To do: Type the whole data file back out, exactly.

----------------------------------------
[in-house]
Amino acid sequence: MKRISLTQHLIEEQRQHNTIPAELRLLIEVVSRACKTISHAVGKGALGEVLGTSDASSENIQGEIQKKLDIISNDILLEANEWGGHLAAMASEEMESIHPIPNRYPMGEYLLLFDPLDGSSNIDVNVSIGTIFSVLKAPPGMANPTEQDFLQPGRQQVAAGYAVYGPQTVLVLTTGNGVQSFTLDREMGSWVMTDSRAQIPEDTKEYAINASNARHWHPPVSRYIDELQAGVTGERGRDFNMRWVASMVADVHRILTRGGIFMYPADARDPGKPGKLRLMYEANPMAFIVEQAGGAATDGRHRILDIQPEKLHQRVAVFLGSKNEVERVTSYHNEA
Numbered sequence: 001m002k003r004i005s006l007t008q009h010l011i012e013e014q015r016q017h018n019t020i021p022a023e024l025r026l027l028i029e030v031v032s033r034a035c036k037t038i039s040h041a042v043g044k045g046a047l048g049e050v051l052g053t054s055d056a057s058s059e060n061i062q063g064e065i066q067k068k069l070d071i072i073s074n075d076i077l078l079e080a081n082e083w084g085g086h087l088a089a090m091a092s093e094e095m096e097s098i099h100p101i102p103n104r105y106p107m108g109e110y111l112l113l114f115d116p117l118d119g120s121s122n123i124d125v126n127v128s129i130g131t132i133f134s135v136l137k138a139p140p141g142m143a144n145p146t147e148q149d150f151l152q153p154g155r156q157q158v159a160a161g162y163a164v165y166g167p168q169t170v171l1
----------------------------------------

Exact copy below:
[in-house]
Amino acid sequence: MKRISLTQHLIEEQRQHNTIPAELRLLIEVVSRACKTISHAVGKGALGEVLGTSDASSENIQGEIQKKLDIISNDILLEANEWGGHLAAMASEEMESIHPIPNRYPMGEYLLLFDPLDGSSNIDVNVSIGTIFSVLKAPPGMANPTEQDFLQPGRQQVAAGYAVYGPQTVLVLTTGNGVQSFTLDREMGSWVMTDSRAQIPEDTKEYAINASNARHWHPPVSRYIDELQAGVTGERGRDFNMRWVASMVADVHRILTRGGIFMYPADARDPGKPGKLRLMYEANPMAFIVEQAGGAATDGRHRILDIQPEKLHQRVAVFLGSKNEVERVTSYHNEA
Numbered sequence: 001m002k003r004i005s006l007t008q009h010l011i012e013e014q015r016q017h018n019t020i021p022a023e024l025r026l027l028i029e030v031v032s033r034a035c036k037t038i039s040h041a042v043g044k045g046a047l048g049e050v051l052g053t054s055d056a057s058s059e060n061i062q063g064e065i066q067k068k069l070d071i072i073s074n075d076i077l078l079e080a081n082e083w084g085g086h087l088a089a090m091a092s093e094e095m096e097s098i099h100p101i102p103n104r105y106p107m108g109e110y111l112l113l114f115d116p117l118d119g120s121s122n123i124d125v126n127v128s129i130g131t132i133f134s135v136l137k138a139p140p141g142m143a144n145p146t147e148q149d150f151l152q153p154g155r156q157q158v159a160a161g162y163a164v165y166g167p168q169t170v171l1